Hello, friends! For those who don’t know me, my name is Jeremy Lim and I write music for video games. I’ve also had a career in online marketing, so when I was asked to speak at GameSoundCon about monetizing YouTube as a game composer, I jumped at the chance.
Alongside industry stalwarts Noah Becker (CEO of AdRev), Jody Friedman (CEO of HD Music Now), and Jim Charne (Counsel at Gerard Fox Law), we covered a lot of ground, but for game composers, Content ID can be a murky subject. The topic is ever evolving, but I’m going to do my best to explain the basics and the issues we might face.
Before we talk process, we should cover a few terms:
YouTube, owned by Google, is the world’s largest video sharing website. It’s also the second largest search engine, and with its massive user base, it shouldn’t be ignored as a marketing vehicle.
Copyright is a form of intellectual property that grants creators of original works exclusive rights for its use and distribution. These rights can be transferred. *Not legal advice, nor is this description exhaustive; please see a lawyer for counsel.
AdSense is Google’s ad network. Companies pay Google to display their ads on relevant content (e.g. blog posts, YouTube videos, etc.). When an ad is engaged with (e.g. clicked on, watched to a certain duration, etc.), Google charges the advertising company a predetermined amount. That amount is then split between Google and the host of the content (e.g. website owner, YouTube partnered channel, etc.).
User-Generated Content (UGC)
User-generated content (UGC) is any content created by a user on a website (e.g. videos on YouTube, music on Soundcloud, photos on Instagram, etc.). For our purposes, gameplay (or Let’s Play) videos are a major point of concern with Content ID.
Content ID (CID)
Content ID (CID) is a tool that allows copyright owners of visual and audio content (e.g. films, songs, etc.) to track their assets on YouTube. It works by “fingerprinting” content and matching that fingerprint against all existing and future uploads to YouTube. When a match is found, the copyright owner is notified and is offered four options (depending on their Content ID provider):
- Mute the matched audio
- Block the video from being viewed
- Monetize the video by running AdSense ads
- Track the video’s viewer stats.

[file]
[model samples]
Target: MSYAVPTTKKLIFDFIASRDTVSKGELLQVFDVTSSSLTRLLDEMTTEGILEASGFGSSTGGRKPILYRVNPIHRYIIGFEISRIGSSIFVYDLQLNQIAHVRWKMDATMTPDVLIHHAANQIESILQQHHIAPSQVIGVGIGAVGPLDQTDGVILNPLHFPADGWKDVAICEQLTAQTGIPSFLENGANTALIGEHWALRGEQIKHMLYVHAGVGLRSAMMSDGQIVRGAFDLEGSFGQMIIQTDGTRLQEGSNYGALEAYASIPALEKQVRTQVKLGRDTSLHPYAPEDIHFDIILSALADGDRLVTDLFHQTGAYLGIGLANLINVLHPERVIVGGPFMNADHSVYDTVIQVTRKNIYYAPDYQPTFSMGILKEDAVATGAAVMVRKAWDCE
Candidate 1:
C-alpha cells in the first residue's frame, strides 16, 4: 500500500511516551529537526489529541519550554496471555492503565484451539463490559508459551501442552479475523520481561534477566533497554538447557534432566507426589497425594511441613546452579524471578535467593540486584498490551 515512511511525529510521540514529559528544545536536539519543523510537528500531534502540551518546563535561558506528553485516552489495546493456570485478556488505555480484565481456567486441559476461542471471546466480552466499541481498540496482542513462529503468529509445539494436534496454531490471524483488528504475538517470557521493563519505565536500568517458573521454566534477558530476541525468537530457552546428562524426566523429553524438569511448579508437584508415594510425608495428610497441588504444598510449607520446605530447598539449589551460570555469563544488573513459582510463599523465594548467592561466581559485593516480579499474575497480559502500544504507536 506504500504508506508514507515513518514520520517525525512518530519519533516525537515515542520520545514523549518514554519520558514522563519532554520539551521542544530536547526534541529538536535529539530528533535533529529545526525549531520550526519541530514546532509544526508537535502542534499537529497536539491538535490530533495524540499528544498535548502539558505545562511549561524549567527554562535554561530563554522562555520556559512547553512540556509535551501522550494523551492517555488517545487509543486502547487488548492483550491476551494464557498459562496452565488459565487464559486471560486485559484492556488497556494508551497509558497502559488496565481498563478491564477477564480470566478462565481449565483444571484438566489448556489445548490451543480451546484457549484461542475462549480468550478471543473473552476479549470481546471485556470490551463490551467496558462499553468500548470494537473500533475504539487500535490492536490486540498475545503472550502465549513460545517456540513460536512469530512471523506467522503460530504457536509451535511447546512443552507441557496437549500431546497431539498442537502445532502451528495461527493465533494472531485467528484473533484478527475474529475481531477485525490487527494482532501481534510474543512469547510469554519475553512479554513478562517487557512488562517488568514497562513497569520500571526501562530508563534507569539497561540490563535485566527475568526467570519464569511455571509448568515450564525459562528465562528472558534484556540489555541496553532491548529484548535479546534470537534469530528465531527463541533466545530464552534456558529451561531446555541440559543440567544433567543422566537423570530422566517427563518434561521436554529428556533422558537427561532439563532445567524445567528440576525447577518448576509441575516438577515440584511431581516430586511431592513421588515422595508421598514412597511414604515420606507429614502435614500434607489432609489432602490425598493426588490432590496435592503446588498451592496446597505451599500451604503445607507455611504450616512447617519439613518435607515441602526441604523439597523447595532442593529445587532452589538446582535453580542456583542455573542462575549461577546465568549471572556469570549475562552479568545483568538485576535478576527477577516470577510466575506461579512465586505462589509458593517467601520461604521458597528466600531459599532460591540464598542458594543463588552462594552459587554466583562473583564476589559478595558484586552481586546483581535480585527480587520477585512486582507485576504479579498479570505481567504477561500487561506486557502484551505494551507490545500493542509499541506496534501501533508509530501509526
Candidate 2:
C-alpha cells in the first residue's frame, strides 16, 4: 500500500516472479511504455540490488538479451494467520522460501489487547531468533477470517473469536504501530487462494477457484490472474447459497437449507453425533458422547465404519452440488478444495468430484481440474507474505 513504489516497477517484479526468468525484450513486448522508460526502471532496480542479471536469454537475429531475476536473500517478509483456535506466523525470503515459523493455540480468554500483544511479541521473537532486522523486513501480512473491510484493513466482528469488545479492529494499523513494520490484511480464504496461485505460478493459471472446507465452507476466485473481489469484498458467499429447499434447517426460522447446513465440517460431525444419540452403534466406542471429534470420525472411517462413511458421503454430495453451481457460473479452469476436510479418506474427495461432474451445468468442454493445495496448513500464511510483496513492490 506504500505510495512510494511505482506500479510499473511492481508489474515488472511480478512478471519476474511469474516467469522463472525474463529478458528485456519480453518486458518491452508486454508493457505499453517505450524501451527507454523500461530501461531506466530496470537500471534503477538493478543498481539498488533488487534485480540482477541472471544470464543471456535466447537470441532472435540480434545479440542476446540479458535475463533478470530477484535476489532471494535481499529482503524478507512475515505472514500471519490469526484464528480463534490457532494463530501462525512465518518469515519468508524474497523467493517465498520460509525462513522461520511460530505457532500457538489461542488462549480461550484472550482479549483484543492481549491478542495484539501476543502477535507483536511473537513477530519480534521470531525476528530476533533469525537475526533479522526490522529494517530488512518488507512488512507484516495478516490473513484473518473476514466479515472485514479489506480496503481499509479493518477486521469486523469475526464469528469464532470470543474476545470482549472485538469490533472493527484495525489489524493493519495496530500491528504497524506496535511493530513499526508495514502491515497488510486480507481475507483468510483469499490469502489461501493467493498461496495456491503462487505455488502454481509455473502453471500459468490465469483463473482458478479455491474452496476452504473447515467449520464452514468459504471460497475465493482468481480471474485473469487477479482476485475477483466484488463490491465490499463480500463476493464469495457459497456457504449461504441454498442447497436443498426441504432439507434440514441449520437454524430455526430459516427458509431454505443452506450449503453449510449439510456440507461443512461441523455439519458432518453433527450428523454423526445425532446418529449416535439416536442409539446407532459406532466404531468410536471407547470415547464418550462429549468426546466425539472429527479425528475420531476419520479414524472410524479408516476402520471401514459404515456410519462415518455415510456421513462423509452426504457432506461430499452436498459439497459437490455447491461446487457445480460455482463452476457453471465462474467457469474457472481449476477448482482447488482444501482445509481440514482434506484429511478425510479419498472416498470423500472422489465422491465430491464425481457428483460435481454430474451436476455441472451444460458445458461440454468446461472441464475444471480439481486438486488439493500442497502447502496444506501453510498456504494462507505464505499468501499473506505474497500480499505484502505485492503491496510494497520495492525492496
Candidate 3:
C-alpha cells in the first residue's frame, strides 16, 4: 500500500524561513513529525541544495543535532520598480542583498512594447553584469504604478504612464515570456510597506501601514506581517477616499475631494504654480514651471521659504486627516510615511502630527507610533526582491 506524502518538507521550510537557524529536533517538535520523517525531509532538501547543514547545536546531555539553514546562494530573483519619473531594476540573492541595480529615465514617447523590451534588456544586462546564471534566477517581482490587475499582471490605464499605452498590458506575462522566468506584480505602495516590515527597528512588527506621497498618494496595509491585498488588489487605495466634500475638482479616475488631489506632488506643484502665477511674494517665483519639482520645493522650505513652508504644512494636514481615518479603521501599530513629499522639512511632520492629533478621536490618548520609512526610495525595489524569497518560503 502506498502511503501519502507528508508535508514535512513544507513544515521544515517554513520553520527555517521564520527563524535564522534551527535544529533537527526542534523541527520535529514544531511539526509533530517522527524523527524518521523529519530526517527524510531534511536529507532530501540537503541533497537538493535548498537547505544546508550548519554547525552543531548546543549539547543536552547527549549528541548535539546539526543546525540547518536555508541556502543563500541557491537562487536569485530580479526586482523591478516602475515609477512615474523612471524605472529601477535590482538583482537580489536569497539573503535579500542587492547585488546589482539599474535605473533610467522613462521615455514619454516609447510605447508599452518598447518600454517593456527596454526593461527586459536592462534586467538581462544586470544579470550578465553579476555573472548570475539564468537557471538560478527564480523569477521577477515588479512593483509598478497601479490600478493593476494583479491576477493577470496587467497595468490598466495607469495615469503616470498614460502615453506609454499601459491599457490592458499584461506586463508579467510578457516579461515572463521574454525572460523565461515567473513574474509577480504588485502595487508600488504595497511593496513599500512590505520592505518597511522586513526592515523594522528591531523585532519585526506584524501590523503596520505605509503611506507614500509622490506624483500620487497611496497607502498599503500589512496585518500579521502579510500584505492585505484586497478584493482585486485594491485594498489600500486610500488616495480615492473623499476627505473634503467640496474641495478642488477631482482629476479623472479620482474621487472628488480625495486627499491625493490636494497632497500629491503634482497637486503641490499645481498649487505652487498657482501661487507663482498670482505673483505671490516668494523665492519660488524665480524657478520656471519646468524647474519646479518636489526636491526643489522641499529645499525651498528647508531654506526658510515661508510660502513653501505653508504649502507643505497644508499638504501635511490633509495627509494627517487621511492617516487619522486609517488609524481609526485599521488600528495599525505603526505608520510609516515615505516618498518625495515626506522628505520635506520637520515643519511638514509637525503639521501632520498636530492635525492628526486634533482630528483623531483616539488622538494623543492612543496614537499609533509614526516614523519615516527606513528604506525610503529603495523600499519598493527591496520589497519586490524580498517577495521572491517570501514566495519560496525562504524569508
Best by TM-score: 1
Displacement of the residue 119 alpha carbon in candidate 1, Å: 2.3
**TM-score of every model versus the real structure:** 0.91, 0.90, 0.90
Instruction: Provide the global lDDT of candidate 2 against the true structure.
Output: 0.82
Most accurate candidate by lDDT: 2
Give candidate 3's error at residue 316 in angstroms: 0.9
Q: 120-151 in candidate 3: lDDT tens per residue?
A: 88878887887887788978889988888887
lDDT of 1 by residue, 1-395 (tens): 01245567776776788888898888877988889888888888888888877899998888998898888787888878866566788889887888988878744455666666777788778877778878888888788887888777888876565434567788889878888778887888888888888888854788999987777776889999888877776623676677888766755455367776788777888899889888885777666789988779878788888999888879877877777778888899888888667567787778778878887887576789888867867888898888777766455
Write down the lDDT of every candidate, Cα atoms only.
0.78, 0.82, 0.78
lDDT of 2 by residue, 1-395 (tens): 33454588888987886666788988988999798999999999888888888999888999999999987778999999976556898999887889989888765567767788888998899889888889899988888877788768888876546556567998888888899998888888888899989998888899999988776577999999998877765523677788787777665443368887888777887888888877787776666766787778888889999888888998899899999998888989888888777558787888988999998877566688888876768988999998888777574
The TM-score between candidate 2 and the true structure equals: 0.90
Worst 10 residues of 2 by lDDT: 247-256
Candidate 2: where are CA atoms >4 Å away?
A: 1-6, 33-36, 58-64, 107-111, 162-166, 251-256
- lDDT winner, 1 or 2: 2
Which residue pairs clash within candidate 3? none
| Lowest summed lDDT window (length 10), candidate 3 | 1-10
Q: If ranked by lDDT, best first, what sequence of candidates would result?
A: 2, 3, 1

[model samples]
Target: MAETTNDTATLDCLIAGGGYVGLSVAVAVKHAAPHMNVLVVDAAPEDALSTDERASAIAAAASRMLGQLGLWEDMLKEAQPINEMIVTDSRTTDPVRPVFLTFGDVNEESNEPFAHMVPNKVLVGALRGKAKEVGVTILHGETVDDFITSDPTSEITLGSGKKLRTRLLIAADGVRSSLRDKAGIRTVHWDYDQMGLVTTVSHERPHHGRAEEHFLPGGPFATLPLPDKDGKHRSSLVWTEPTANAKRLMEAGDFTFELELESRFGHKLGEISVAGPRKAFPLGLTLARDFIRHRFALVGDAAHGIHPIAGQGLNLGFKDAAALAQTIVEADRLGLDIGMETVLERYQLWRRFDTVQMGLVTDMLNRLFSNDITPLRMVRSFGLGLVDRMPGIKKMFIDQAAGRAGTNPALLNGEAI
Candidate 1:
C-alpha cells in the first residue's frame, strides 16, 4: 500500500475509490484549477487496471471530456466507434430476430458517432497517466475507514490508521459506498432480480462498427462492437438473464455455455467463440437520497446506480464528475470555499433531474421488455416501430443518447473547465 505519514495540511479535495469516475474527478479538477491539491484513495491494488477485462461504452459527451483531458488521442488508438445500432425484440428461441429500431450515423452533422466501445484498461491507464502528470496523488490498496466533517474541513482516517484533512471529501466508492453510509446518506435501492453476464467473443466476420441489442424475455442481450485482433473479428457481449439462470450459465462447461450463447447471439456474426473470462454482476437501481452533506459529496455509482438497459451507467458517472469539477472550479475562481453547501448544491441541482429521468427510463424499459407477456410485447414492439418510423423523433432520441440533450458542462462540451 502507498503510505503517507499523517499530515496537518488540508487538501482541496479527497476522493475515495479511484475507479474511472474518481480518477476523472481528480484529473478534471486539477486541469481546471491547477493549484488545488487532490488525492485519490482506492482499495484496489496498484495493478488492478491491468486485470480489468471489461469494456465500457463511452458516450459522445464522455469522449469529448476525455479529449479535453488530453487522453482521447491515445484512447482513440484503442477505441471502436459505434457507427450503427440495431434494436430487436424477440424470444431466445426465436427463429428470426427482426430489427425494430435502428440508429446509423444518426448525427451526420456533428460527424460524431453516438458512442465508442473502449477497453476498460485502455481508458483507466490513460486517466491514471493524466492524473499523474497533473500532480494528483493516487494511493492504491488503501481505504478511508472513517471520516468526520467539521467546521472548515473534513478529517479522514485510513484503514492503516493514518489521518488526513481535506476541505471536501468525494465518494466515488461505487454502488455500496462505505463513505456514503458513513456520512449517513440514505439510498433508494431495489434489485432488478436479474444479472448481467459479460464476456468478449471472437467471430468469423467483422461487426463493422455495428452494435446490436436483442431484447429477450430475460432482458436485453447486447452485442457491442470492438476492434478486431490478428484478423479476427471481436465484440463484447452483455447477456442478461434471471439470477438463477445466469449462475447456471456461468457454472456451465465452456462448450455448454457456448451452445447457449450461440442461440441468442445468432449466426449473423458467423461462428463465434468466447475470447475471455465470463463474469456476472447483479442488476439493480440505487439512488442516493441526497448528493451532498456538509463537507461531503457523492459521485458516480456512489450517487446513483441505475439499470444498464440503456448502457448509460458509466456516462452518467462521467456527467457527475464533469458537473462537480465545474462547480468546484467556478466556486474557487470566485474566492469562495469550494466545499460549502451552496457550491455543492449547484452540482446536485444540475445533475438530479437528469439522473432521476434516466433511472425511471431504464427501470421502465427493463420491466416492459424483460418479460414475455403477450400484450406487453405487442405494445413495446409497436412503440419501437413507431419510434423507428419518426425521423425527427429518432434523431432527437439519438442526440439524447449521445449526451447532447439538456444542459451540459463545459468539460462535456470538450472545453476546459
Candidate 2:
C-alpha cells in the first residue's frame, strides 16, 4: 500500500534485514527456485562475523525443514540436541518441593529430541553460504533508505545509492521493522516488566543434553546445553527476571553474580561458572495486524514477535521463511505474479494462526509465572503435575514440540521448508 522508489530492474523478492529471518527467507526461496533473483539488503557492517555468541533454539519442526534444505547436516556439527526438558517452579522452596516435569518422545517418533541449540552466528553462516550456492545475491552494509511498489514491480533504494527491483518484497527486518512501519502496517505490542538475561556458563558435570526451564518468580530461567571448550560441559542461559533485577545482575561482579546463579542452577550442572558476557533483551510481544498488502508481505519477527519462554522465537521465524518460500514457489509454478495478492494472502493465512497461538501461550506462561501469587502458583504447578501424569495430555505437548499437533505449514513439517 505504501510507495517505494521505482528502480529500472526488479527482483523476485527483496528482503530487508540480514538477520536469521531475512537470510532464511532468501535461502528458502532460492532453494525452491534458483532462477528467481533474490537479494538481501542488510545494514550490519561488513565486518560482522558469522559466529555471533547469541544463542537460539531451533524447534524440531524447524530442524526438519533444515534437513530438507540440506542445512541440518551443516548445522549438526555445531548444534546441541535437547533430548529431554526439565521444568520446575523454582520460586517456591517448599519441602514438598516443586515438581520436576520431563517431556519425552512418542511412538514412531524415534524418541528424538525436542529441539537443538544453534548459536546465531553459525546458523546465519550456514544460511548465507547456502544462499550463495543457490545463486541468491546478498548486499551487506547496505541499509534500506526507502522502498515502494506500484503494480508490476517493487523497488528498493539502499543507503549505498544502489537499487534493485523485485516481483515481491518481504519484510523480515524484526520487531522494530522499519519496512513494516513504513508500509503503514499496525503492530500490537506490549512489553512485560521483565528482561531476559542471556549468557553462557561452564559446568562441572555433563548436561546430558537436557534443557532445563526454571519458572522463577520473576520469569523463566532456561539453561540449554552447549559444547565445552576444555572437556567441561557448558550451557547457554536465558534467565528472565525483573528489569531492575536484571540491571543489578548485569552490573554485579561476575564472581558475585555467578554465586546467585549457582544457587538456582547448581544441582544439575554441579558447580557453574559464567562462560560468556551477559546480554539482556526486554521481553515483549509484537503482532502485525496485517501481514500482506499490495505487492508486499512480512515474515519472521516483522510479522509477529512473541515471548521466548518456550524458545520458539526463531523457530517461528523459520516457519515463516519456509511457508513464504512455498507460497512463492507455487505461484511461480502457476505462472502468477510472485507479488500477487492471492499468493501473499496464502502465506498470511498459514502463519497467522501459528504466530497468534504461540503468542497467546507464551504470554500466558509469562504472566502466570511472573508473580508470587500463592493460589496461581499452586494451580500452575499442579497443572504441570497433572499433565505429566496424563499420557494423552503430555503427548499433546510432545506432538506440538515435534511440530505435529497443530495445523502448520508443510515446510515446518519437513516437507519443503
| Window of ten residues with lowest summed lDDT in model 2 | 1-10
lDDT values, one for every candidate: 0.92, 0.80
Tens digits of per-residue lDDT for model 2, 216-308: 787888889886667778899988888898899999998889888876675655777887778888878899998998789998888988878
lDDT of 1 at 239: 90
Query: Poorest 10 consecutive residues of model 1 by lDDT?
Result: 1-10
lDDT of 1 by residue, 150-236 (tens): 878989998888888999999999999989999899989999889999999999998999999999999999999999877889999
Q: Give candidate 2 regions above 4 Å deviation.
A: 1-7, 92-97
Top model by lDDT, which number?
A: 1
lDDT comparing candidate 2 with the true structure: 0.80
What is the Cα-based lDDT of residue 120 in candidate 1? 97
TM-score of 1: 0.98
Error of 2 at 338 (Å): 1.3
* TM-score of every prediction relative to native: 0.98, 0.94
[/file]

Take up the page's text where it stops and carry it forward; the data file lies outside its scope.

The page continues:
Content ID Provider
There’s a lot of creativity in this world, and that means a lot of Content ID submissions. Google enlists external companies to help copyright owners submit and administrate their assets in the CID system. In exchange for their services, many of them charge fees or take a percentage of Content ID revenues.
A partnered channel is a YouTube channel that is eligible and accepted to the YouTube Partner Program, allowing it to run AdSense ads on its content.
Okay, I know all of the terms. How do I start making money on YouTube?
Before you begin, you have to own the copyright to the work you’re monetizing. As game composers, some of us are under work-for-hire agreements. If that’s you, you may not own the copyright to the assets, and may need to enlist the copyright owner’s help.
If you retained your copyright, there are two main avenues for making money on YouTube: becoming a partnered channel and tracking your work via Content ID.
How do I make money as a Partnered YouTube Channel?
Once you create a YouTube channel, Google offers easy instructions on joining the YouTube Partner Program. Once accepted, simply activate monetization on eligible uploads; you’ll start seeing income for qualified engagements with the ads.
This is the most straightforward method of monetization, but it’s also the most limited. Our soundtracks are used far beyond our own channels, sometimes appearing in gameplay footage all over YouTube. For that, we must turn to Content ID.
What do I need to know about using Content ID as a game composer?
For most musicians, submitting to a Content ID provider (like AdRev [disclaimer: personalized link and they’re my CID provider]) is fast and easy, but as game composers, we have a number of issues to consider: